Muscat: Oman’s benchmark MSM30 Index opened the week on a stable note and closed at 5,249.24 points, up 0.02 per cent. The MSM Sharia Index increased 0.13 per cent to end at 774.59 points. Al Madina Investment was the most active in terms of volume while Bank Muscat led in terms of turnover. The top gainer was Gulf Investment Services, up 3.53 per cent while Bank Muscat was the top loser, down 1.02 per cent.
A total number of 351 trades were executed on Sunday, generating a turnover of OMR2.25 million with 11.2 million shares changing hands. Out of 32 traded securities, 6 advanced, 2 declined, and 24 remained unchanged. At the session close, GCC & Arab Investors stayed net buyers for OMR73,000 while Omani Investors remained net sellers for OMR54,000 followed by Foreign Investors for OMR19,000 worth of shares.
Financial Index ended at 7,890.74 points, up 0.09 per cent. Gulf Investment Services, Oman United Insurance and Oman & Emirates Holding lost 3.53 per cent, 2.41 per cent and 0.93 per cent respectively. Bank Muscat, down 1.02 per cent, was the sole sector loser.
Industrial Index closed at 7,130.58 points, up 0.12 per cent. Oman Fisheries was the only sector mover, gaining 1.40 per cent to close at OMR0.145.
Services Index gained 0.15 per cent to finish at 2,662.88 points. Phoenix Power and Ooredoo gained 0.83 per cent and 0.44 per cent respectively. OIFC, down 0.52 per cent, was the only sector loser.
Gulf shares little changed
Gulf stock markets were little changed in early trade on Sunday as low oil prices, with Brent crude just above $47 a barrel, deterred buying and diminished liquidity.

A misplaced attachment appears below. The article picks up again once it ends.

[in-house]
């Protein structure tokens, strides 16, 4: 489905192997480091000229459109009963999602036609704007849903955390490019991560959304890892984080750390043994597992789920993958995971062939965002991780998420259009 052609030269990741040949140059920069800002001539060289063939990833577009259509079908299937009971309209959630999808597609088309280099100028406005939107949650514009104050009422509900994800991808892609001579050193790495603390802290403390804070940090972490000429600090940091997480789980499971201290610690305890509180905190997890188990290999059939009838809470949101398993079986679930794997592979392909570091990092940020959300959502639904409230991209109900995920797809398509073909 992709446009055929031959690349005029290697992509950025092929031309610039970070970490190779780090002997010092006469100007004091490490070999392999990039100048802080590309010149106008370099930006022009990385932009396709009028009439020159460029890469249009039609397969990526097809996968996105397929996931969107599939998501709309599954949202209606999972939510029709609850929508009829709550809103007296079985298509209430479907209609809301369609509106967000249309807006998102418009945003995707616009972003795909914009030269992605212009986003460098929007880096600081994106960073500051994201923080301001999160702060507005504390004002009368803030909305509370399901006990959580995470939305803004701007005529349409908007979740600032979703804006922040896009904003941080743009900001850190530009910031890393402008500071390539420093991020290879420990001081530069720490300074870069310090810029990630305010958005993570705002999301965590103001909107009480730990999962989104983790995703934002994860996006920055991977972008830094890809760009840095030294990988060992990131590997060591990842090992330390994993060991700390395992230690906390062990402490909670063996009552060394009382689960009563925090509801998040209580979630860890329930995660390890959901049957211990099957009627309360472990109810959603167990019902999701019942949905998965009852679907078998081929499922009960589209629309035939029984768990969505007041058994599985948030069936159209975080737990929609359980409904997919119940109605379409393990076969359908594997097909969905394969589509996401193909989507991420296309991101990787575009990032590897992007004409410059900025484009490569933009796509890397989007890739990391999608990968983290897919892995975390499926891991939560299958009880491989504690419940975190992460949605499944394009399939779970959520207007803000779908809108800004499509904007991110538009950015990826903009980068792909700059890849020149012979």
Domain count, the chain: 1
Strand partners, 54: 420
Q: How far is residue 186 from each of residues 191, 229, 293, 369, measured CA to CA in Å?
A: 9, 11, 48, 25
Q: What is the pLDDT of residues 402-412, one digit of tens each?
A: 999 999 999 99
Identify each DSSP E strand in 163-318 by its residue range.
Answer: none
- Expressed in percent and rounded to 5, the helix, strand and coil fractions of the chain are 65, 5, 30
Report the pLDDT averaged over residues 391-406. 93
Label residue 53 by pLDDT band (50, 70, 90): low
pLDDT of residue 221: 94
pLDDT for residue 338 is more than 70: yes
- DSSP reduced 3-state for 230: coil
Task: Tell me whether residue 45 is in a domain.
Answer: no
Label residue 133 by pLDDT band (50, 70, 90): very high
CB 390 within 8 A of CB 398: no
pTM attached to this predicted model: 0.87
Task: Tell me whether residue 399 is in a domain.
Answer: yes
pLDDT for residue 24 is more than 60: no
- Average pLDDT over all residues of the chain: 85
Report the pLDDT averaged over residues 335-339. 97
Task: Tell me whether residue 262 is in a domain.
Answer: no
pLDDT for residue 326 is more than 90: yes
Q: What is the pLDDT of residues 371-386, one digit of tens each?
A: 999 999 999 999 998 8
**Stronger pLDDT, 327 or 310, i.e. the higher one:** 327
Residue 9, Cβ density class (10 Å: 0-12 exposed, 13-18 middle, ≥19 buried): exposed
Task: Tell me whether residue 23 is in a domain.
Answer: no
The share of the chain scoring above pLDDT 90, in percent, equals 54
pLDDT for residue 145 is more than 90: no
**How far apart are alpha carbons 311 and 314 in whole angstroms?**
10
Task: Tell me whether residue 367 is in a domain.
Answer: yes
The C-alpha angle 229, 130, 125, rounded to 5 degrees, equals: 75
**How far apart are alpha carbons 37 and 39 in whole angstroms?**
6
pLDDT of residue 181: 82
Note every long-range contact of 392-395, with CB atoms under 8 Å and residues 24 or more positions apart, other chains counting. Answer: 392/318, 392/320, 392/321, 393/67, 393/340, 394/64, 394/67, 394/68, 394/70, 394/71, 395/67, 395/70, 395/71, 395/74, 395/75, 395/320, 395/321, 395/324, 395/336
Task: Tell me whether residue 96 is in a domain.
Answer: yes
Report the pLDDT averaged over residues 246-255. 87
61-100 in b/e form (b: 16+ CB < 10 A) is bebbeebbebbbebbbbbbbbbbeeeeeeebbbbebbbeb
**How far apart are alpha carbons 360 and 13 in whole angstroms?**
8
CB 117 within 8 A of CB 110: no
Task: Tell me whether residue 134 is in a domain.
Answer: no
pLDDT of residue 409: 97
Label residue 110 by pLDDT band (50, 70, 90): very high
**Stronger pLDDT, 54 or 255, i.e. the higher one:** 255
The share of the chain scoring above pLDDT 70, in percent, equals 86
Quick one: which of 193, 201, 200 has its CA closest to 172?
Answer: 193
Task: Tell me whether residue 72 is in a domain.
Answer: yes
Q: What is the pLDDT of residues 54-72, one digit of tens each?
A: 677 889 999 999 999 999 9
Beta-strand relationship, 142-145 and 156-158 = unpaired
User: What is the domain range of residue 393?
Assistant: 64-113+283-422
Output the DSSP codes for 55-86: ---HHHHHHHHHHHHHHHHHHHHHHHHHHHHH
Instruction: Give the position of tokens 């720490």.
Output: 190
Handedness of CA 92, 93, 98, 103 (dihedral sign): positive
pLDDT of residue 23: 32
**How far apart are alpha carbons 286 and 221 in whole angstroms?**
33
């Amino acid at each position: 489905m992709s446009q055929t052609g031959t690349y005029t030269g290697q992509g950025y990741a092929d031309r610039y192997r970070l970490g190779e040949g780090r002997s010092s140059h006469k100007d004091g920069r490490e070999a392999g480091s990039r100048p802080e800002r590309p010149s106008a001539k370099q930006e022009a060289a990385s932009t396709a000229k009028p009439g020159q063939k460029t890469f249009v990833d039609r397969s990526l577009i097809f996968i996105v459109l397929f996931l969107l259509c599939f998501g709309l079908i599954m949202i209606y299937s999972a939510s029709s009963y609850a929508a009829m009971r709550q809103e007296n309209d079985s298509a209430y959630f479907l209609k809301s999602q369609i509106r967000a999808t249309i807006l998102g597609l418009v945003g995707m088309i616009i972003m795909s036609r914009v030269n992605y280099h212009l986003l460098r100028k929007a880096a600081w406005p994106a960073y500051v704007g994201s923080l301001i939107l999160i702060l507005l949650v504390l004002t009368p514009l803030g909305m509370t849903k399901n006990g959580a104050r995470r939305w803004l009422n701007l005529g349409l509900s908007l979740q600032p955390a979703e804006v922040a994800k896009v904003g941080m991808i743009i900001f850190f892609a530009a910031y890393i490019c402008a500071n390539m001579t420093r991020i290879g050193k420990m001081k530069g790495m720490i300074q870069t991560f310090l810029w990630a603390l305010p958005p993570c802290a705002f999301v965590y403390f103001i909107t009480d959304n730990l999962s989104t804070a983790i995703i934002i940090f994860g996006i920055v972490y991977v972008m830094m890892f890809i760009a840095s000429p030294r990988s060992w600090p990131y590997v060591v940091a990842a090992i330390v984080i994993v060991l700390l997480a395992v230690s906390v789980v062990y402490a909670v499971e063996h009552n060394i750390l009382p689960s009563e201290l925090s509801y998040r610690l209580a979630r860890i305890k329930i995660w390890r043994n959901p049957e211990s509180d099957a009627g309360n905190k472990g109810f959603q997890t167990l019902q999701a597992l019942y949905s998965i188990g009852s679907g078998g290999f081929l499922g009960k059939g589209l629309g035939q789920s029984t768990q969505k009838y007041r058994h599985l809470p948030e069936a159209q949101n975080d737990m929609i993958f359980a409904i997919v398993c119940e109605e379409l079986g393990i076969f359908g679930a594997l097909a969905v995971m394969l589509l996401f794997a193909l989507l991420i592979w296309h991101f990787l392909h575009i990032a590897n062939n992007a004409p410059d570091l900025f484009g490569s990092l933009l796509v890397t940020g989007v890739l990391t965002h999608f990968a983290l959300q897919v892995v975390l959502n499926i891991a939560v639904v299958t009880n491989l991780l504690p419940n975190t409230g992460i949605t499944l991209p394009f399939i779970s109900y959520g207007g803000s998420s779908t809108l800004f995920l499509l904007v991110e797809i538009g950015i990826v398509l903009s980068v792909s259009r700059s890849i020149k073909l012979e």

The Saudi stock index rose 0.2 per cent. MSCI will announce on Tuesday whether it is adding Saudi Arabia to a list for possible upgrade to emerging market status, which could attract fresh inflows of foreign money.
Some stocks expected to benefit from such flows rose, with Saudi British Bank climbing 3.3 per cent to its highest level since early January.
The Saudi labour ministry said at the weekend that it was working to transfer around 8,000 remaining workers at financially troubled construction company Saudi Oger to other firms. A spokesman for Oger could not be reached for comment, while a source close to the company said there was no decision to close it down.
Most Saudi banks are exposed to Oger debt but many have already taken partial provisions for it, while any wind-up process could be prolonged. Bank shares in general did not appear to move in reaction to the Oger news, though National Commercial Bank was down 0.8 per cent.
Dubai's stock index dropped 0.4 per cent as Emaar Properties pulled back 0.8 per cent.
But Union Properties, the most heavily traded stock, gained 2.5 per cent after saying it had entered an agreement with Al Ramz Capital to provide liquidity for its shares. Al Ramz is permitted to own up to 5 per cent of the company's shares under the deal.
Qatar shares dropped 0.8 per cent in a broad-based decline; 26 stocks fell and 10 rose.
Doha Bank dropped 2.9 per cent after the exchange said subscriptions to 3.3 million shares in the bank, which had been unsubscribed in its capital increase, had been completed.